I think saying "I am a sexually active adult" is too vague. I would say the same thing as you said in this post "A few years ago I was diagnosed with a strain of HPV that causes warts. I've been symptom free for over a year now. I really like you and I wanted to tell you about the HPV because I want you to be able to make the best decision for yourself. I'd be glad to answer any questions you may have or give you some time to think about it."
posted by Lingasol at 8:08 AM on July 10, 2016 [4 favorites]

I'm also a man who dates women. I like to bring it up between the point when it's clear we're going in that direction, but before we're actually there: I don't want to sound presumptuous nor spring it as a surprise. I'll say something like, "Heads up, I have both herpes and HPV, but I take suppressive medicine for both." When I was new to this I was very afraid of rejection, but in the years since only one partner ever freaked out (which just meant no penetrative sex), and many have said "Oh, me too." You'll find with experience that your current nervousness is overblown.
posted by ejs at 9:06 AM on July 10, 2016 [3 favorites]

Include half a sentence about it when you discuss contraception and what happens if contraception fails, which is of course a conversation you already intend to have. Much like contraception failure rates, I don't think it's necessary to spout a bunch of statistics, but you can say something like, "let's use condoms for now; I had symptomatic HPV X years ago and my doctor says it's basically a non-issue at this point but there's a number of reasons to use condoms for now, so let's do that."

The other reason to handle it that way is that you have no idea what they have and whether they know they have it or whether they are an honest enough person to say so. It's the best way to not get HPV again. You can revisit the topic of mutual testing if the relationship escalates.
posted by Lyn Never at 9:07 AM on July 10, 2016

Response by poster: Regarding re-testing:

- I have been told by multiple doctors (and the CDC and other reliable sources confirm) that there is no test that can be done on men to say "Yes, you still have HPV virus present in your body" or "No, you do not have any HPV virus present in your body." They can do a swab of an area where there was infection and test it, but it doesn't show up in a blood sample or anything like that.
- I have had those swab tests done on the areas where the infection was and those have come back negative for over a year, but the virus can lie dormant (apparently for decades). So really there is no way I can know one way or the other.. unless I have another breakout.
- I have had the full dose of Gardasil, which was completed over a year ago. I was advised to do this in order to prevent re-infection with other strains.

So I'm really not being lazy here. I have talked to my doctors over and over to try to get some kind of confirmation and they just tell me it's not a big deal and no they cannot tell me if I'm still infected. Frustrating, but that's how it is.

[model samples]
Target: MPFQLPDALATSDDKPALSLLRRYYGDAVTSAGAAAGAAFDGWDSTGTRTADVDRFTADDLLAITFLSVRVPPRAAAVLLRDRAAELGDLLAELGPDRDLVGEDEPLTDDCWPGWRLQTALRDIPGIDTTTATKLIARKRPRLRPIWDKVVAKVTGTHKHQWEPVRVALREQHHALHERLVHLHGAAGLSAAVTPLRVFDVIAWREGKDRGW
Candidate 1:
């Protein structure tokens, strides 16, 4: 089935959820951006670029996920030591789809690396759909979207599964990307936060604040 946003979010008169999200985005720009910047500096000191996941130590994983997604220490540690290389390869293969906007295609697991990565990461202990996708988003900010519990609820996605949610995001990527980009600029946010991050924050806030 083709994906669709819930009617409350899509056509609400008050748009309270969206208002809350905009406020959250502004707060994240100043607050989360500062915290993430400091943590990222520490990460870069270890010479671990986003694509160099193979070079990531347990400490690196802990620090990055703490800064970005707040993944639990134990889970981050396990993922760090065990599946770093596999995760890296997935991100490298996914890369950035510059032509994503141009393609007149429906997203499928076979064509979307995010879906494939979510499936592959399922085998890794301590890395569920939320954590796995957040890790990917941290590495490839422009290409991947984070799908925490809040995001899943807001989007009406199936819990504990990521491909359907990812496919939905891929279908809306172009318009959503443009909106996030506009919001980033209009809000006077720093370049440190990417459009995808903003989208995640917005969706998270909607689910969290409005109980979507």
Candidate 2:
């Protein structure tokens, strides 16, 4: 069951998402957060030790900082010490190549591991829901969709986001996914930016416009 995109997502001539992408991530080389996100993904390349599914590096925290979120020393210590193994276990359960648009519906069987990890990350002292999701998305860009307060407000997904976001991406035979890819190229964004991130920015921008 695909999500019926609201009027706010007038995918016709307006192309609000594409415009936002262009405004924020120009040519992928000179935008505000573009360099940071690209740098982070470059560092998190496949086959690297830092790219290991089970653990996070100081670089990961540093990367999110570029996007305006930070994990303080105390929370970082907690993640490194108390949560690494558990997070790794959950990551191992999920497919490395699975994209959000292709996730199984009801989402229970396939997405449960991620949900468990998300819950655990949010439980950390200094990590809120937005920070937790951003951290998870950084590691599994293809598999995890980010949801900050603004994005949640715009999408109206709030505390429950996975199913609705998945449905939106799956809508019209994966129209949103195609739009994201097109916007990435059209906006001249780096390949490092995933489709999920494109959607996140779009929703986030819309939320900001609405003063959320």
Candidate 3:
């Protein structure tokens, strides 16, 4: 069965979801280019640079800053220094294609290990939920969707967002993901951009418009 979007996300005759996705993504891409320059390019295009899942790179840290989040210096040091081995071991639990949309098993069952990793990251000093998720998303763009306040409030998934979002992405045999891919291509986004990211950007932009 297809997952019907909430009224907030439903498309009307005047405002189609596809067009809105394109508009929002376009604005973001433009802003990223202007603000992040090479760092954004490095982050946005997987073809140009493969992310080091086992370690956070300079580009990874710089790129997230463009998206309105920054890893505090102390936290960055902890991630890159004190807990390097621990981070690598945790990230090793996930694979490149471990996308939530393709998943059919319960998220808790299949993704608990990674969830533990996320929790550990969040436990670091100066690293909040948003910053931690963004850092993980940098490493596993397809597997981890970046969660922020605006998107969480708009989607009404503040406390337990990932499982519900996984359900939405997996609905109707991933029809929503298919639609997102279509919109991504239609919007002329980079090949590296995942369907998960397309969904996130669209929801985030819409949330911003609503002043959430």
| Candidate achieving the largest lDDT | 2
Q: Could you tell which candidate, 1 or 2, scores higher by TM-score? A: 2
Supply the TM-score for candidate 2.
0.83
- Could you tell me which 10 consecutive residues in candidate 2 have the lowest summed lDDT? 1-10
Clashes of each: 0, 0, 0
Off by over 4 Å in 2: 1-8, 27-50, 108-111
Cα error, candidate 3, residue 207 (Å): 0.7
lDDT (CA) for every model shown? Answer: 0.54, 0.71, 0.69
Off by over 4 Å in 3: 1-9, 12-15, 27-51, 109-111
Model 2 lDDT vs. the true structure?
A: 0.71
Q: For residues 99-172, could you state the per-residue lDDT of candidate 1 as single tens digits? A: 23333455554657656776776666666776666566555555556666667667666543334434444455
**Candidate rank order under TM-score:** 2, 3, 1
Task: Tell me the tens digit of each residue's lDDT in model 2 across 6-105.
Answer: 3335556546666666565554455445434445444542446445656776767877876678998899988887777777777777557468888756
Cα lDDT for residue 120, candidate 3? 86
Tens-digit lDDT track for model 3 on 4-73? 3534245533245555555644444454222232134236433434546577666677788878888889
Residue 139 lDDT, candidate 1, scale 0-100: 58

posted by toadman at 9:12 AM on July 10, 2016

Ok, so I have a cervix and a history of one irregular Pap that most likely indicated HPV (but no warts) and subsequent clear Paps (but no "you def don't have HPV" test results because, as the Op points out, that's not really how STD testing works). Here's how I do it: I lead with the good news.

"Yeah, I've been tested in the last year and pretty careful since then. Everything was fine on my last test. I had an irregular Pap that meant I probably had HPV a few years ago, like pretty much every sexually active person these days, but since it has not shown up since my body most likely cleared the virus."

I'm kind of fuzzy on when I tell people, but I probably do tell most people since it's not even a big deal imo. For me, I mostly like to hear that people do get tested and aren't just flying blind with an entire sexual history and not even a single HIV test or syph screening.
posted by Juliet Banana at 9:27 AM on July 10, 2016 [1 favorite]

When structuring your talk, I'd recommend thinking about what the other person might be worried about and preparing to address those concerns. The simple truth is some people will say no and that group probably wouldn't reconsider no matter how you say it. The rest will either be hesitant but willing to consider it for the right person or not too worried about it because they understand certain STDs are pretty common and someone who comes right out and says it is actually perhaps a safer partner than someone less educated on the topic.

From my perspective (and I'm just one woman, but hopefully it helps), here's what I would be concerned about:

- what are the risks to my health if I become intimate with this person?
- given those risks, if I decide to move forward, will this partner go the distance to keep me safe/protect me as much as he reasonably can?

Others might see it differently, but that seems like the most essential piece. I want to know how dangerous it is and, assuming it's manageable, I want to know my partner will keep me safe. As such, I'd recommend keeping it simple, straight-forward and practical, listening to their concerns and going from there. Be prepared with some information to explain the risks and if they ask some resources to do further research. Give them as much time as they need to consider it, and make it clear that there is no pressure.